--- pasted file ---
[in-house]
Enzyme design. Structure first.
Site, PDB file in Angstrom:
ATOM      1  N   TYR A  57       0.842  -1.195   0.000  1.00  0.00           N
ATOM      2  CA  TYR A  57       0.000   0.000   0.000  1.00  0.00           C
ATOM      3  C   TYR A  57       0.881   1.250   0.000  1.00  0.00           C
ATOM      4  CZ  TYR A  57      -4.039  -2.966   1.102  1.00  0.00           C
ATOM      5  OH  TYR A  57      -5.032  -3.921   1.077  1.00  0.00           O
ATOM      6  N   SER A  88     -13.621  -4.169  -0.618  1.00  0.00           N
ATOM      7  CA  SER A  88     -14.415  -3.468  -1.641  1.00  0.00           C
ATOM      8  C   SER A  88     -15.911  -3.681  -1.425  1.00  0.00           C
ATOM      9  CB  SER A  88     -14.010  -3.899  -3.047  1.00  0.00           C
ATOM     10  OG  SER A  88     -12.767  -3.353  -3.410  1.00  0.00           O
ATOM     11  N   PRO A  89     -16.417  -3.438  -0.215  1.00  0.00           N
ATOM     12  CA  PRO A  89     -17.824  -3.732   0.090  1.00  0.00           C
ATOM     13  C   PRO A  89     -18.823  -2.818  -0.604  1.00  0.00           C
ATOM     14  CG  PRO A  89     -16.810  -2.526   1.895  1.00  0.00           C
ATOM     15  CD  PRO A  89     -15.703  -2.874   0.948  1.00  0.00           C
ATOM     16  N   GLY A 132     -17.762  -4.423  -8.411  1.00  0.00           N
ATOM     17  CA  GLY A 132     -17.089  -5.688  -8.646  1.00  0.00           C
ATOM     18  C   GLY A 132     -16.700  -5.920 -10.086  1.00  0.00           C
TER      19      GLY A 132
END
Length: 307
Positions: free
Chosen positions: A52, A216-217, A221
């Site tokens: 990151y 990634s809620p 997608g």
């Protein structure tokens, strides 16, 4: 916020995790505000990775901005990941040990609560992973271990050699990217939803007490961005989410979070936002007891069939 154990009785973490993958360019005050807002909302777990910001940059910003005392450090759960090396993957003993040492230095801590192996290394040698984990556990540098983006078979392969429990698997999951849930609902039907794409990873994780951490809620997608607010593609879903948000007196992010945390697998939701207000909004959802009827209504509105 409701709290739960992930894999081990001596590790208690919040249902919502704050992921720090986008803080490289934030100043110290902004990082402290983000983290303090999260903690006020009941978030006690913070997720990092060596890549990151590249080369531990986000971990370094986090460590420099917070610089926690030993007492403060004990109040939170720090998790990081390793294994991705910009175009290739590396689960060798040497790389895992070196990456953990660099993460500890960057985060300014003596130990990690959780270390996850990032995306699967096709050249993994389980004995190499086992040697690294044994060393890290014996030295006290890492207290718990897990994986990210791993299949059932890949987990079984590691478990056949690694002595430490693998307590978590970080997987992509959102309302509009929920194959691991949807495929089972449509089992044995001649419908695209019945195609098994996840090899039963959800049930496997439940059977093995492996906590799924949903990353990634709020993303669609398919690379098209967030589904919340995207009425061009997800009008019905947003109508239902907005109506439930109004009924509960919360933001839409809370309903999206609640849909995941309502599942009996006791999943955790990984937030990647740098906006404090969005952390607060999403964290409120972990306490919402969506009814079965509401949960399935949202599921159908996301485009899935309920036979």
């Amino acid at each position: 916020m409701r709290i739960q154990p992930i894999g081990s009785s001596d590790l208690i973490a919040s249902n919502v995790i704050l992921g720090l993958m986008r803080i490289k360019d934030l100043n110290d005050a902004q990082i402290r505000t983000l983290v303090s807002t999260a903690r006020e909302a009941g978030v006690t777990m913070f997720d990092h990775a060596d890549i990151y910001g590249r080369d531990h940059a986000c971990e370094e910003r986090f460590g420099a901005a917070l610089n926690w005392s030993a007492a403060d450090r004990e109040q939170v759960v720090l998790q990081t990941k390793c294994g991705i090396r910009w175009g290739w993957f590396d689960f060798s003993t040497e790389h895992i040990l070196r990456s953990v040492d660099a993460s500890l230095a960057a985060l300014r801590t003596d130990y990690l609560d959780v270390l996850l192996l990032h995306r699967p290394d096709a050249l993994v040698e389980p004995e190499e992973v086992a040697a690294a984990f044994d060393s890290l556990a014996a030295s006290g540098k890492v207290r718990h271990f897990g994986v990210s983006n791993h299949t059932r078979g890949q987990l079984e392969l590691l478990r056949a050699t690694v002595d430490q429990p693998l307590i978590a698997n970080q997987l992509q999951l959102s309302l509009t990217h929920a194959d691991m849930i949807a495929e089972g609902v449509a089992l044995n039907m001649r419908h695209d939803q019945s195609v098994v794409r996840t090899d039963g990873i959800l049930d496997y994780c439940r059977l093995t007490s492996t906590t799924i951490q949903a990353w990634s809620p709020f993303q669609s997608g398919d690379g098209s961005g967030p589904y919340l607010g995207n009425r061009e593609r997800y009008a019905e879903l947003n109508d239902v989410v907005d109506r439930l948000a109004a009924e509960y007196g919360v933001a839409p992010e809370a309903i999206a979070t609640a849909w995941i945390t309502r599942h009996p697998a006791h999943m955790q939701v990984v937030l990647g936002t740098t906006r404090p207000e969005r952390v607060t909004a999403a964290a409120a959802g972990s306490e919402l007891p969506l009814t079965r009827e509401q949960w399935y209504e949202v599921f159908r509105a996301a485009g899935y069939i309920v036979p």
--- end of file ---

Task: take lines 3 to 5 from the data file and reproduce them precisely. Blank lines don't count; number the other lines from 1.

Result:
Site, PDB file in Angstrom:
ATOM      1  N   TYR A  57       0.842  -1.195   0.000  1.00  0.00           N
ATOM      2  CA  TYR A  57       0.000   0.000   0.000  1.00  0.00           C